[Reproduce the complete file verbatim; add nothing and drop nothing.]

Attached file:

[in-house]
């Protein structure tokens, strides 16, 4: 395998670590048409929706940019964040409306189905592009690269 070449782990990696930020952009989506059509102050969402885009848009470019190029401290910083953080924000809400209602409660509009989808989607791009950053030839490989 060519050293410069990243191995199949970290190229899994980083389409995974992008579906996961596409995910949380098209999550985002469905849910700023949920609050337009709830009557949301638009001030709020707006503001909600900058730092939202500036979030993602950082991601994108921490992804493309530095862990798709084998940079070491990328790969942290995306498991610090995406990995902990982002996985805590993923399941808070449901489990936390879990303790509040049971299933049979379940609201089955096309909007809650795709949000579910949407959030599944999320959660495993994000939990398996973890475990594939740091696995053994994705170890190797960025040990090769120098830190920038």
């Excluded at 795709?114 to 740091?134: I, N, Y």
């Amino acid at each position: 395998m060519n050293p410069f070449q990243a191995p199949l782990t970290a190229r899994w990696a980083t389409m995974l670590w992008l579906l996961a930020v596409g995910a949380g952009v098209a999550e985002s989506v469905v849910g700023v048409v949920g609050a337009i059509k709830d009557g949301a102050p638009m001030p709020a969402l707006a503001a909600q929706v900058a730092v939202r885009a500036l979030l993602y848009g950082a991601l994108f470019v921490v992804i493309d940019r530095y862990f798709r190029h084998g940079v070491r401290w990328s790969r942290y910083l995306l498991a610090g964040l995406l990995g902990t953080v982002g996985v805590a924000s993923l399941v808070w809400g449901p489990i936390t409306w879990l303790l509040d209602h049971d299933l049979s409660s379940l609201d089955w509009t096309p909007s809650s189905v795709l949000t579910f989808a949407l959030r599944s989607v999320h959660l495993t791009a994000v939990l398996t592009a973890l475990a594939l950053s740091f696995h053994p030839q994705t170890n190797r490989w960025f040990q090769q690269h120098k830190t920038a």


[in-house]
């Protein structure tokens, strides 16, 4: 395998670590048409929706940019964040409306189905592009690269 070449782990990696930020952009989506059509102050969402885009848009470019190029401290910083953080924000809400209602409660509009989808989607791009950053030839490989 060519050293410069990243191995199949970290190229899994980083389409995974992008579906996961596409995910949380098209999550985002469905849910700023949920609050337009709830009557949301638009001030709020707006503001909600900058730092939202500036979030993602950082991601994108921490992804493309530095862990798709084998940079070491990328790969942290995306498991610090995406990995902990982002996985805590993923399941808070449901489990936390879990303790509040049971299933049979379940609201089955096309909007809650795709949000579910949407959030599944999320959660495993994000939990398996973890475990594939740091696995053994994705170890190797960025040990090769120098830190920038």
């Excluded at 795709?114 to 740091?134: I, N, Y």
């Amino acid at each position: 395998m060519n050293p410069f070449q990243a191995p199949l782990t970290a190229r899994w990696a980083t389409m995974l670590w992008l579906l996961a930020v596409g995910a949380g952009v098209a999550e985002s989506v469905v849910g700023v048409v949920g609050a337009i059509k709830d009557g949301a102050p638009m001030p709020a969402l707006a503001a909600q929706v900058a730092v939202r885009a500036l979030l993602y848009g950082a991601l994108f470019v921490v992804i493309d940019r530095y862990f798709r190029h084998g940079v070491r401290w990328s790969r942290y910083l995306l498991a610090g964040l995406l990995g902990t953080v982002g996985v805590a924000s993923l399941v808070w809400g449901p489990i936390t409306w879990l303790l509040d209602h049971d299933l049979s409660s379940l609201d089955w509009t096309p909007s809650s189905v795709l949000t579910f989808a949407l959030r599944s989607v999320h959660l495993t791009a994000v939990l398996t592009a973890l475990a594939l950053s740091f696995h053994p030839q994705t170890n190797r490989w960025f040990q090769q690269h120098k830190t920038a």